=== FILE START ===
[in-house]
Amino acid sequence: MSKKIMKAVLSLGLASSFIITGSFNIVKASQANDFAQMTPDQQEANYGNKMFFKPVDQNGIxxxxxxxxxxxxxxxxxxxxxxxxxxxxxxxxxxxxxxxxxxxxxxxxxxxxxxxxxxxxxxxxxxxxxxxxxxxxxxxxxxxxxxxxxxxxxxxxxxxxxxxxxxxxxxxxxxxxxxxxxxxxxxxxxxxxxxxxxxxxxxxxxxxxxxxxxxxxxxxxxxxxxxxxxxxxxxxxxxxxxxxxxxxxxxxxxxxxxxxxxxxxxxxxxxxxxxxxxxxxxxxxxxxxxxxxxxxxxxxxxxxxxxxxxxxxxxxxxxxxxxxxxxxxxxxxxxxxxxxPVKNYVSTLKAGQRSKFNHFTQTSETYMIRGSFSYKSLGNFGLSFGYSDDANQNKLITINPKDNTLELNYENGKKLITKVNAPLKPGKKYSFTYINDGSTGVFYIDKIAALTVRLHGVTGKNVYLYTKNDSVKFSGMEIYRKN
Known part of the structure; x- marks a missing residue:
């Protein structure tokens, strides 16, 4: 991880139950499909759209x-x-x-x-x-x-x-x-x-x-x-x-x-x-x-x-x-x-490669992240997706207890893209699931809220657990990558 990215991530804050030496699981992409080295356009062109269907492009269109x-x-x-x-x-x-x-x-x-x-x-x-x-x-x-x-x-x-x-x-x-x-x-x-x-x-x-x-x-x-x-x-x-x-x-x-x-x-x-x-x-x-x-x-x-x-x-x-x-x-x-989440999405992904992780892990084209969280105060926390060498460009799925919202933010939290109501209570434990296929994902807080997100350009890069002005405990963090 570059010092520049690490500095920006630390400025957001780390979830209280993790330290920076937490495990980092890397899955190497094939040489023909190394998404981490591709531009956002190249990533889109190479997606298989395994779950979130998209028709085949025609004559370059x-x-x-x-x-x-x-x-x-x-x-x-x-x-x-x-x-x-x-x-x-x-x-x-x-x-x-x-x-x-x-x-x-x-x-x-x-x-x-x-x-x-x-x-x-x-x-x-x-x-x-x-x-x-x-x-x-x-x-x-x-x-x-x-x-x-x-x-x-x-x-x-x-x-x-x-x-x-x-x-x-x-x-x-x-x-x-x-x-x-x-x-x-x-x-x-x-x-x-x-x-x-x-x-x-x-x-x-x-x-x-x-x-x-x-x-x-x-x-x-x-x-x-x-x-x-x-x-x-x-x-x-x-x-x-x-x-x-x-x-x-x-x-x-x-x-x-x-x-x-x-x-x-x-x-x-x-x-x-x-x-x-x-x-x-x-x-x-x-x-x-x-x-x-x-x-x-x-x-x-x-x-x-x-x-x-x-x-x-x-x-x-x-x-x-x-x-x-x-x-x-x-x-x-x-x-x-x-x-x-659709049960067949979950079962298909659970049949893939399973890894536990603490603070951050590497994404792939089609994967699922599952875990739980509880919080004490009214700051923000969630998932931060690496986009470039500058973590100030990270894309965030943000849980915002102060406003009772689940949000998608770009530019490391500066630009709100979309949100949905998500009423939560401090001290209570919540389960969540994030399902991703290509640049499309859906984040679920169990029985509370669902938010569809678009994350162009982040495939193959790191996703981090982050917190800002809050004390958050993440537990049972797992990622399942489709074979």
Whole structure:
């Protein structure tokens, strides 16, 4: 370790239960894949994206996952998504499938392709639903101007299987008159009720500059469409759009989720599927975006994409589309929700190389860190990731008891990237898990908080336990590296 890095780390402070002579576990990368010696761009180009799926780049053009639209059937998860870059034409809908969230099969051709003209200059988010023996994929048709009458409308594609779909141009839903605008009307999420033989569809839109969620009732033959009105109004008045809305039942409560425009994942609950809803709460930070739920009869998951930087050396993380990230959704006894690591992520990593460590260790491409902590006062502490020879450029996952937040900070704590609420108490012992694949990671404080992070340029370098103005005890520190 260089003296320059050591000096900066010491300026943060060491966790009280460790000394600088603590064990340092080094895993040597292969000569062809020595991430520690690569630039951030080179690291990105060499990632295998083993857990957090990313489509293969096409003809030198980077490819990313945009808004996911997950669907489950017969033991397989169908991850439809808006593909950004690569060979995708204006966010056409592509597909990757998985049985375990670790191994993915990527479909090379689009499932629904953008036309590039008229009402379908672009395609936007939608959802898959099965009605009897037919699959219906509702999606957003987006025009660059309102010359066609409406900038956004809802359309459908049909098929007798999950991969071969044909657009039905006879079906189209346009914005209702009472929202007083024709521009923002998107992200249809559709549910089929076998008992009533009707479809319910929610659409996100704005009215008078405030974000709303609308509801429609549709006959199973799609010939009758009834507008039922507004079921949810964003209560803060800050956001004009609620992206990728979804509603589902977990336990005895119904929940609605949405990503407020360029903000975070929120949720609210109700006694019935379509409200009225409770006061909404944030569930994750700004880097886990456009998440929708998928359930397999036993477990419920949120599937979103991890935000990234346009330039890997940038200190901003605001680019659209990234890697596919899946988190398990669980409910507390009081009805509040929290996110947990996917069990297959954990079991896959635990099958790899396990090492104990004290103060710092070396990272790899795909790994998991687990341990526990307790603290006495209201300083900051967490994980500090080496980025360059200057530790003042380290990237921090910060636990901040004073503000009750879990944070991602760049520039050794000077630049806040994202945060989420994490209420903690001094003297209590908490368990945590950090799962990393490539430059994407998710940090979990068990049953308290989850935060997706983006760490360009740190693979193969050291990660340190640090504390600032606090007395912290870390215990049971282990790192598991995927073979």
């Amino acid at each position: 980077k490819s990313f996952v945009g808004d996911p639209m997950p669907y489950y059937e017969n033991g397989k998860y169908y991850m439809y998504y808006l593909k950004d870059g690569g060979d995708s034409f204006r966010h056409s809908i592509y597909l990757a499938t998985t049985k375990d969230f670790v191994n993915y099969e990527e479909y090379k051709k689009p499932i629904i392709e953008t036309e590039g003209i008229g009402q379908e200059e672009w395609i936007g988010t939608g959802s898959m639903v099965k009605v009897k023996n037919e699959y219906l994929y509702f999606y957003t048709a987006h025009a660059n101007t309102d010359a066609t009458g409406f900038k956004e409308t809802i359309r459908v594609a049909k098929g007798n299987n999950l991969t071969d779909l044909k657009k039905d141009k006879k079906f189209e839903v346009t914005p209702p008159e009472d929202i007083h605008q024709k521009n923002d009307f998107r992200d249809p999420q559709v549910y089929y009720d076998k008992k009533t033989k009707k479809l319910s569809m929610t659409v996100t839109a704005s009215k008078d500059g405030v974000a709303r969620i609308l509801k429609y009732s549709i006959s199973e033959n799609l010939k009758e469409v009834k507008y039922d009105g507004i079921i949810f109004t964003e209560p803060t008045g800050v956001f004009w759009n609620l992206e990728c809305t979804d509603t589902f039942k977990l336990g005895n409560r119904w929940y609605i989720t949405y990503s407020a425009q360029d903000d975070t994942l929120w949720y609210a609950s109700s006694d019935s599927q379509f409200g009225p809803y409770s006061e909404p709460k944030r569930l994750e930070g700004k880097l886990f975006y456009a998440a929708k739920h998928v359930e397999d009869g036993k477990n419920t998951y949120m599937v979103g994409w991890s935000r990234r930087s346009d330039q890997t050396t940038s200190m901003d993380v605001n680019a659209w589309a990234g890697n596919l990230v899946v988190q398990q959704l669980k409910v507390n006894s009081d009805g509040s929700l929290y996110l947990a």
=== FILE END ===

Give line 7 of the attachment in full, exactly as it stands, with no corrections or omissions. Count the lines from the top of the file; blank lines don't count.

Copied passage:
């Amino acid at each position: 980077k490819s990313f996952v945009g808004d996911p639209m997950p669907y489950y059937e017969n033991g397989k998860y169908y991850m439809y998504y808006l593909k950004d870059g690569g060979d995708s034409f204006r966010h056409s809908i592509y597909l990757a499938t998985t049985k375990d969230f670790v191994n993915y099969e990527e479909y090379k051709k689009p499932i629904i392709e953008t036309e590039g003209i008229g009402q379908e200059e672009w395609i936007g988010t939608g959802s898959m639903v099965k009605v009897k023996n037919e699959y219906l994929y509702f999606y957003t048709a987006h025009a660059n101007t309102d010359a066609t009458g409406f900038k956004e409308t809802i359309r459908v594609a049909k098929g007798n299987n999950l991969t071969d779909l044909k657009k039905d141009k006879k079906f189209e839903v346009t914005p209702p008159e009472d929202i007083h605008q024709k521009n923002d009307f998107r992200d249809p999420q559709v549910y089929y009720d076998k008992k009533t033989k009707k479809l319910s569809m929610t659409v996100t839109a704005s009215k008078d500059g405030v974000a709303r969620i609308l509801k429609y009732s549709i006959s199973e033959n799609l010939k009758e469409v009834k507008y039922d009105g507004i079921i949810f109004t964003e209560p803060t008045g800050v956001f004009w759009n609620l992206e990728c809305t979804d509603t589902f039942k977990l336990g005895n409560r119904w929940y609605i989720t949405y990503s407020a425009q360029d903000d975070t994942l929120w949720y609210a609950s109700s006694d019935s599927q379509f409200g009225p809803y409770s006061e909404p709460k944030r569930l994750e930070g700004k880097l886990f975006y456009a998440a929708k739920h998928v359930e397999d009869g036993k477990n419920t998951y949120m599937v979103g994409w991890s935000r990234r930087s346009d330039q890997t050396t940038s200190m901003d993380v605001n680019a659209w589309a990234g890697n596919l990230v899946v988190q398990q959704l669980k409910v507390n006894s009081d009805g509040s929700l929290y996110l947990a």